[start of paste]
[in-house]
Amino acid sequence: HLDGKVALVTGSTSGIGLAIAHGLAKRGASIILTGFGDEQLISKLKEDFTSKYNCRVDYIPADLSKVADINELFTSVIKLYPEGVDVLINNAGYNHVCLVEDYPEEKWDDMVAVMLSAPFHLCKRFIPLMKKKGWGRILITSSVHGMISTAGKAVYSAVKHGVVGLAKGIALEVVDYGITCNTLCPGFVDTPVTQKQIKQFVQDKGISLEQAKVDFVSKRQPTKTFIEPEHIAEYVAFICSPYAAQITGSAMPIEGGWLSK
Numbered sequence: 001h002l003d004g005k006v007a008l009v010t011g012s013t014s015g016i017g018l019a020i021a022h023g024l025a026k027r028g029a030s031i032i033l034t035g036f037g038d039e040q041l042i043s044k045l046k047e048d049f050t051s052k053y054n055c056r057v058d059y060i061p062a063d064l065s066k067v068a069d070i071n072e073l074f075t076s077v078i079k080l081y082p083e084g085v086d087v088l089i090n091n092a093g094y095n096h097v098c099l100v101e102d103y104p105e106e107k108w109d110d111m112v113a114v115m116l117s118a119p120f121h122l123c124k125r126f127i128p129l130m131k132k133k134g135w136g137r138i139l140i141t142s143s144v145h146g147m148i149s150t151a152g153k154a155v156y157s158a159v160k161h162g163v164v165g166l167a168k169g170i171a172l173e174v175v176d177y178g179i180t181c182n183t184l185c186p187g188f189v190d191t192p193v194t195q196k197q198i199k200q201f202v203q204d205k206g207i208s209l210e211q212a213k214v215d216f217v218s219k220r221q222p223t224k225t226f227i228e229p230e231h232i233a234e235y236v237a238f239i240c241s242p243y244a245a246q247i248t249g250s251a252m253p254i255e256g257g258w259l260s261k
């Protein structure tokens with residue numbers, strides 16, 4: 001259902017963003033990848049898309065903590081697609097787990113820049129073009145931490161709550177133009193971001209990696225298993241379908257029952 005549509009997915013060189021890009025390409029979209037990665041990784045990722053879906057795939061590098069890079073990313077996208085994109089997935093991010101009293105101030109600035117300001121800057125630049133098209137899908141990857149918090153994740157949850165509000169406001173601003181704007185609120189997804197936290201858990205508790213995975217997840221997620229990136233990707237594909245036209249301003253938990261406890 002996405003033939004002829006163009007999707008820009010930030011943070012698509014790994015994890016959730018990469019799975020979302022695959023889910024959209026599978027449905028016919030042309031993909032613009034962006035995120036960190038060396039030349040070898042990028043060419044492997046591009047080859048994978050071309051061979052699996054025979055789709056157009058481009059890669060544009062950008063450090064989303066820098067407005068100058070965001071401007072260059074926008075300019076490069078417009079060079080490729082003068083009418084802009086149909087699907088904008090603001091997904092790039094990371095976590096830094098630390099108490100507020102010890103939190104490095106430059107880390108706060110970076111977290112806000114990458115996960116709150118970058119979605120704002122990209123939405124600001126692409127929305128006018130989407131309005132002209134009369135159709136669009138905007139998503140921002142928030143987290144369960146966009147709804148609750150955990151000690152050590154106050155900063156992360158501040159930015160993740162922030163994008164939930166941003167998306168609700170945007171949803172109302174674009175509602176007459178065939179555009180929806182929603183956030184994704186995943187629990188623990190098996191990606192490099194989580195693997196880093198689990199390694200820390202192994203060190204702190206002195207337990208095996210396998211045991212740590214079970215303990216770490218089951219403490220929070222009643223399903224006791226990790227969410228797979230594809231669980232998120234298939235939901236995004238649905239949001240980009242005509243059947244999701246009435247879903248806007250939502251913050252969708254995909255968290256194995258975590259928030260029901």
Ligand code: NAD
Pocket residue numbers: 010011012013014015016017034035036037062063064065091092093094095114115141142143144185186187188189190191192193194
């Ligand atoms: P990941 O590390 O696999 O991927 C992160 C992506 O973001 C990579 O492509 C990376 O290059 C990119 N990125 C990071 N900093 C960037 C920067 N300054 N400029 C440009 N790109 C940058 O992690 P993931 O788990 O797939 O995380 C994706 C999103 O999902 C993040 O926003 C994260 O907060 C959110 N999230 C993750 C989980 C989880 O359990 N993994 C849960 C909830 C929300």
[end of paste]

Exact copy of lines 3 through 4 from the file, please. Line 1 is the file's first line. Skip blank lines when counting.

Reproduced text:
Numbered sequence: 001h002l003d004g005k006v007a008l009v010t011g012s013t014s015g016i017g018l019a020i021a022h023g024l025a026k027r028g029a030s031i032i033l034t035g036f037g038d039e040q041l042i043s044k045l046k047e048d049f050t051s052k053y054n055c056r057v058d059y060i061p062a063d064l065s066k067v068a069d070i071n072e073l074f075t076s077v078i079k080l081y082p083e084g085v086d087v088l089i090n091n092a093g094y095n096h097v098c099l100v101e102d103y104p105e106e107k108w109d110d111m112v113a114v115m116l117s118a119p120f121h122l123c124k125r126f127i128p129l130m131k132k133k134g135w136g137r138i139l140i141t142s143s144v145h146g147m148i149s150t151a152g153k154a155v156y157s158a159v160k161h162g163v164v165g166l167a168k169g170i171a172l173e174v175v176d177y178g179i180t181c182n183t184l185c186p187g188f189v190d191t192p193v194t195q196k197q198i199k200q201f202v203q204d205k206g207i208s209l210e211q212a213k214v215d216f217v218s219k220r221q222p223t224k225t226f227i228e229p230e231h232i233a234e235y236v237a238f239i240c241s242p243y244a245a246q247i248t249g250s251a252m253p254i255e256g257g258w259l260s261k
């Protein structure tokens with residue numbers, strides 16, 4: 001259902017963003033990848049898309065903590081697609097787990113820049129073009145931490161709550177133009193971001209990696225298993241379908257029952 005549509009997915013060189021890009025390409029979209037990665041990784045990722053879906057795939061590098069890079073990313077996208085994109089997935093991010101009293105101030109600035117300001121800057125630049133098209137899908141990857149918090153994740157949850165509000169406001173601003181704007185609120189997804197936290201858990205508790213995975217997840221997620229990136233990707237594909245036209249301003253938990261406890 002996405003033939004002829006163009007999707008820009010930030011943070012698509014790994015994890016959730018990469019799975020979302022695959023889910024959209026599978027449905028016919030042309031993909032613009034962006035995120036960190038060396039030349040070898042990028043060419044492997046591009047080859048994978050071309051061979052699996054025979055789709056157009058481009059890669060544009062950008063450090064989303066820098067407005068100058070965001071401007072260059074926008075300019076490069078417009079060079080490729082003068083009418084802009086149909087699907088904008090603001091997904092790039094990371095976590096830094098630390099108490100507020102010890103939190104490095106430059107880390108706060110970076111977290112806000114990458115996960116709150118970058119979605120704002122990209123939405124600001126692409127929305128006018130989407131309005132002209134009369135159709136669009138905007139998503140921002142928030143987290144369960146966009147709804148609750150955990151000690152050590154106050155900063156992360158501040159930015160993740162922030163994008164939930166941003167998306168609700170945007171949803172109302174674009175509602176007459178065939179555009180929806182929603183956030184994704186995943187629990188623990190098996191990606192490099194989580195693997196880093198689990199390694200820390202192994203060190204702190206002195207337990208095996210396998211045991212740590214079970215303990216770490218089951219403490220929070222009643223399903224006791226990790227969410228797979230594809231669980232998120234298939235939901236995004238649905239949001240980009242005509243059947244999701246009435247879903248806007250939502251913050252969708254995909255968290256194995258975590259928030260029901």